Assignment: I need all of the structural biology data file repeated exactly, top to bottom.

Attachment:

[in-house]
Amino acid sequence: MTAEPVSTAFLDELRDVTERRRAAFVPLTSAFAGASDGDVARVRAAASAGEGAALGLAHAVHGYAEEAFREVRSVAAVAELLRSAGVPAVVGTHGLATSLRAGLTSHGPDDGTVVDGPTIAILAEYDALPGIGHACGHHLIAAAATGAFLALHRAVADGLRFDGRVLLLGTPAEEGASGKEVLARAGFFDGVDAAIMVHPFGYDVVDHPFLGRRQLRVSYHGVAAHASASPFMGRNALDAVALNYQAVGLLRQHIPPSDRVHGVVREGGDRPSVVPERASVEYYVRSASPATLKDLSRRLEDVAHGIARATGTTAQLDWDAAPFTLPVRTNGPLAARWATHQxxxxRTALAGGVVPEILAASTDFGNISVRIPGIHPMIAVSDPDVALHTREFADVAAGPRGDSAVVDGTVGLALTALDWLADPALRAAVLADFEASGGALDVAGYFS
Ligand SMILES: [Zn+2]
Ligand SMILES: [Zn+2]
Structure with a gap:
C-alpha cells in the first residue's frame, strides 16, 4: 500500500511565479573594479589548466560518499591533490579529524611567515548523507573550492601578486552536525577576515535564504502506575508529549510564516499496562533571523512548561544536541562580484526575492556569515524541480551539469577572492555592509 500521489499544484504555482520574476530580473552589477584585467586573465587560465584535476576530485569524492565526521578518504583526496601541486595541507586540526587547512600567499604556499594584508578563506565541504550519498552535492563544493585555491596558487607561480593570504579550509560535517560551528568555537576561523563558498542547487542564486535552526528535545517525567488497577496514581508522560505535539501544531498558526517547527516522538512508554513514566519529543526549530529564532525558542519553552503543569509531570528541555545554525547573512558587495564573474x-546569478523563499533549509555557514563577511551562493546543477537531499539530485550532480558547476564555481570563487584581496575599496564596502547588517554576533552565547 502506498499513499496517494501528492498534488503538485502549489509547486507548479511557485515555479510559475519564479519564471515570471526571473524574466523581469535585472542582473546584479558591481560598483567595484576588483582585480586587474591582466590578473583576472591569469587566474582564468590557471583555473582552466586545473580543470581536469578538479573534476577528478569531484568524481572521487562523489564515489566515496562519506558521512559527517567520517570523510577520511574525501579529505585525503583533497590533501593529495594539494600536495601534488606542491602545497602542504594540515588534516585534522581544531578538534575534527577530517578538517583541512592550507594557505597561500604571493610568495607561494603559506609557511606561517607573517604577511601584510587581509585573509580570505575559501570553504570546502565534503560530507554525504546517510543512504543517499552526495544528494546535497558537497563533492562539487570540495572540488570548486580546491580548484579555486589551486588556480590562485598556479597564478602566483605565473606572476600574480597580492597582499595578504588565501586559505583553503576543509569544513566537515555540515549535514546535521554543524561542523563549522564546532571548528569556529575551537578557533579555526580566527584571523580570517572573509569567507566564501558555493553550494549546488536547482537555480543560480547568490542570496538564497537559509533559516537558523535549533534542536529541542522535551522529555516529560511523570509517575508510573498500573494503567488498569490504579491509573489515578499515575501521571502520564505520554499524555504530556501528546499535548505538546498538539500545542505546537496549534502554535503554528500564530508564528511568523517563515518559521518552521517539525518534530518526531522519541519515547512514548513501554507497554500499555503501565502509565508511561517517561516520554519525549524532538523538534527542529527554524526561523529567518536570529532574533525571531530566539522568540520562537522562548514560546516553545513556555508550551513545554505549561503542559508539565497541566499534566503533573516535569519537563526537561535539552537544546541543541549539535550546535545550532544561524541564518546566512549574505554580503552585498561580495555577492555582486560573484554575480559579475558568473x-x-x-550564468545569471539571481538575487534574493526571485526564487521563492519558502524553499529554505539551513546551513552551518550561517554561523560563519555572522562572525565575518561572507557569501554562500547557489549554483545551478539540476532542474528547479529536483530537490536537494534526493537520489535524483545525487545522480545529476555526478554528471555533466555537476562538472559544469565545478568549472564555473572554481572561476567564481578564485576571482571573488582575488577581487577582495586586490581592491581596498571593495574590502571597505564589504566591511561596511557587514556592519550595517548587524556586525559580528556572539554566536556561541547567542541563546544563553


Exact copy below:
[in-house]
Amino acid sequence: MTAEPVSTAFLDELRDVTERRRAAFVPLTSAFAGASDGDVARVRAAASAGEGAALGLAHAVHGYAEEAFREVRSVAAVAELLRSAGVPAVVGTHGLATSLRAGLTSHGPDDGTVVDGPTIAILAEYDALPGIGHACGHHLIAAAATGAFLALHRAVADGLRFDGRVLLLGTPAEEGASGKEVLARAGFFDGVDAAIMVHPFGYDVVDHPFLGRRQLRVSYHGVAAHASASPFMGRNALDAVALNYQAVGLLRQHIPPSDRVHGVVREGGDRPSVVPERASVEYYVRSASPATLKDLSRRLEDVAHGIARATGTTAQLDWDAAPFTLPVRTNGPLAARWATHQxxxxRTALAGGVVPEILAASTDFGNISVRIPGIHPMIAVSDPDVALHTREFADVAAGPRGDSAVVDGTVGLALTALDWLADPALRAAVLADFEASGGALDVAGYFS
Ligand SMILES: [Zn+2]
Ligand SMILES: [Zn+2]
Structure with a gap:
C-alpha cells in the first residue's frame, strides 16, 4: 500500500511565479573594479589548466560518499591533490579529524611567515548523507573550492601578486552536525577576515535564504502506575508529549510564516499496562533571523512548561544536541562580484526575492556569515524541480551539469577572492555592509 500521489499544484504555482520574476530580473552589477584585467586573465587560465584535476576530485569524492565526521578518504583526496601541486595541507586540526587547512600567499604556499594584508578563506565541504550519498552535492563544493585555491596558487607561480593570504579550509560535517560551528568555537576561523563558498542547487542564486535552526528535545517525567488497577496514581508522560505535539501544531498558526517547527516522538512508554513514566519529543526549530529564532525558542519553552503543569509531570528541555545554525547573512558587495564573474x-546569478523563499533549509555557514563577511551562493546543477537531499539530485550532480558547476564555481570563487584581496575599496564596502547588517554576533552565547 502506498499513499496517494501528492498534488503538485502549489509547486507548479511557485515555479510559475519564479519564471515570471526571473524574466523581469535585472542582473546584479558591481560598483567595484576588483582585480586587474591582466590578473583576472591569469587566474582564468590557471583555473582552466586545473580543470581536469578538479573534476577528478569531484568524481572521487562523489564515489566515496562519506558521512559527517567520517570523510577520511574525501579529505585525503583533497590533501593529495594539494600536495601534488606542491602545497602542504594540515588534516585534522581544531578538534575534527577530517578538517583541512592550507594557505597561500604571493610568495607561494603559506609557511606561517607573517604577511601584510587581509585573509580570505575559501570553504570546502565534503560530507554525504546517510543512504543517499552526495544528494546535497558537497563533492562539487570540495572540488570548486580546491580548484579555486589551486588556480590562485598556479597564478602566483605565473606572476600574480597580492597582499595578504588565501586559505583553503576543509569544513566537515555540515549535514546535521554543524561542523563549522564546532571548528569556529575551537578557533579555526580566527584571523580570517572573509569567507566564501558555493553550494549546488536547482537555480543560480547568490542570496538564497537559509533559516537558523535549533534542536529541542522535551522529555516529560511523570509517575508510573498500573494503567488498569490504579491509573489515578499515575501521571502520564505520554499524555504530556501528546499535548505538546498538539500545542505546537496549534502554535503554528500564530508564528511568523517563515518559521518552521517539525518534530518526531522519541519515547512514548513501554507497554500499555503501565502509565508511561517517561516520554519525549524532538523538534527542529527554524526561523529567518536570529532574533525571531530566539522568540520562537522562548514560546516553545513556555508550551513545554505549561503542559508539565497541566499534566503533573516535569519537563526537561535539552537544546541543541549539535550546535545550532544561524541564518546566512549574505554580503552585498561580495555577492555582486560573484554575480559579475558568473x-x-x-550564468545569471539571481538575487534574493526571485526564487521563492519558502524553499529554505539551513546551513552551518550561517554561523560563519555572522562572525565575518561572507557569501554562500547557489549554483545551478539540476532542474528547479529536483530537490536537494534526493537520489535524483545525487545522480545529476555526478554528471555533466555537476562538472559544469565545478568549472564555473572554481572561476567564481578564485576571482571573488582575488577581487577582495586586490581592491581596498571593495574590502571597505564589504566591511561596511557587514556592519550595517548587524556586525559580528556572539554566536556561541547567542541563546544563553